Wingert Plumbs the Depths in “Wit” by Lesbian Pulitzer-Winner Edson at Bloomington Center for the Arts


Photo by Hilary Roberts.

Lesbian playwright Margaret Edson won the Pulitzer Prize for Wit. Eighteen years later, this now classic drama laced with bitter wit shows it has longevity in a magnetic production directed by Ben McGovern for Artistry at Bloomington Center for the Arts. Edson creates something miraculous from the standpoint of engaging an audience while respecting that its intelligence and emotional capacities are higher and deeper than the level countless other playwrights feel/think they are compelled to operate on.

Wit’s protagonist, Vivian, is a middle-aged English professor dealing with very advanced stages of ovarian cancer. Beloved Twin Cities actress, Sally Wingert, has shaved her head in order to root her being in the disease the play examines and she delivers a tour de force performance that is gripping, shocking, and hilarious.

Photo by Hilary Roberts.

Vivian’s specific study of John Donne has infused how she relates to the world. Having taught his poetry in depth and, frankly, in defiance of an anti-intellectual society that sees poetry as frivolous or if written by a man, as politically incorrect for a woman to research, she grasps her field of study with religious devotion. Vivian’s very soul is connected at her spiritual core with Donne’s vision.

Photo by Hilary Roberts.

The genius of the drama and the demand of the role is that the deterioration aspect of what is considered “incurable” is so aggressively penetrated. The protagonist’s physical diminishing interplays with the poet’s intricate intimations of the nature of death and of life on the precipice of death. Wingert fathoms this to transcendent effect and there are exquisite poetry passages that pepper the piece. Wingert conveys emotions from the highly cerebral to the primal. This is especially poignant in the relationship with her older professor mentor played beautifully by Barbara Berlovitz. Protégé learns about the wages of perfectionism as she faces death. Mentor has learned that while living into an older age in comparatively fine health.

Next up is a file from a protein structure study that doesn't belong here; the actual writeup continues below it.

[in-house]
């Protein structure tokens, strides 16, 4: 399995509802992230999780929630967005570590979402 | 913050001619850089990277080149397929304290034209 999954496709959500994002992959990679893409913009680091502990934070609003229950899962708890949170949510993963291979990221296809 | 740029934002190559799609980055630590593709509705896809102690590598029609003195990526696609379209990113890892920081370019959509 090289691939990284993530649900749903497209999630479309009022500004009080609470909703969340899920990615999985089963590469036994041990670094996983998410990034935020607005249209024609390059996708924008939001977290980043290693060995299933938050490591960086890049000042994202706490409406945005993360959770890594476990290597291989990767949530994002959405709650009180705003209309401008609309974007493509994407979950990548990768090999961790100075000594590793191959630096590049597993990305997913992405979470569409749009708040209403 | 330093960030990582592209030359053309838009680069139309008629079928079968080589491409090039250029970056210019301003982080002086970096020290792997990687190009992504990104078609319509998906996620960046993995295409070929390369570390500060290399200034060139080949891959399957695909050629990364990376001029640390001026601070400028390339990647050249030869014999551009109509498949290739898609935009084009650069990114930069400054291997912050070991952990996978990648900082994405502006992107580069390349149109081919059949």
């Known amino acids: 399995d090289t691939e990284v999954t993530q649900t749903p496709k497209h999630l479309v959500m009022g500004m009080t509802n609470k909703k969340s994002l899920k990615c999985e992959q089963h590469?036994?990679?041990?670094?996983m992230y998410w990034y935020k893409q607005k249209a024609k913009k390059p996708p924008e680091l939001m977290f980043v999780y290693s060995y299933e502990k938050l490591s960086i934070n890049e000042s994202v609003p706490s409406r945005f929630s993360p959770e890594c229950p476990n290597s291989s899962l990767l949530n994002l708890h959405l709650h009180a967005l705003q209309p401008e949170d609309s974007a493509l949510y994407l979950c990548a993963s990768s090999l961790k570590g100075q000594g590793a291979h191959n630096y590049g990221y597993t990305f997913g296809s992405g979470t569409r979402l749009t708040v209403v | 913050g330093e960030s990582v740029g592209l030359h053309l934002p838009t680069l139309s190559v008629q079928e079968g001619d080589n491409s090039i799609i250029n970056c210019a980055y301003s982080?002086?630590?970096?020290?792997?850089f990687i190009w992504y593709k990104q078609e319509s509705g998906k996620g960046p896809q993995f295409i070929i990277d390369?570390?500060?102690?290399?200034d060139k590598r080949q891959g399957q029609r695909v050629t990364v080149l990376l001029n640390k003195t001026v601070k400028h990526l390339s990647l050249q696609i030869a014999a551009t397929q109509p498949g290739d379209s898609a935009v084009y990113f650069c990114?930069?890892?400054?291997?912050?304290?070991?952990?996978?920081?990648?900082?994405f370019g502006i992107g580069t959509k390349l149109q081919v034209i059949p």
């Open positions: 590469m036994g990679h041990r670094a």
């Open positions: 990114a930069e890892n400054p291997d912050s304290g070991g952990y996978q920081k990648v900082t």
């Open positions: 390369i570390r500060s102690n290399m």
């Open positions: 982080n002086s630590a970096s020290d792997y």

Photo by Hilary Roberts.

And truly fine is what the entire supporting cast is as they embody the sharp professional focus of a good hospital staff. Cristina Castro and Corey DiNardo are a notable contrast as a nurse filled with empathy, skeptical of the medical realm’s M.O. and a clinic fellow who is perhaps too clinical in dealing with the human condition.

Through May 28
Bloomington Center for the Arts, 1800 W Old Shakopee Rd., Bloomington

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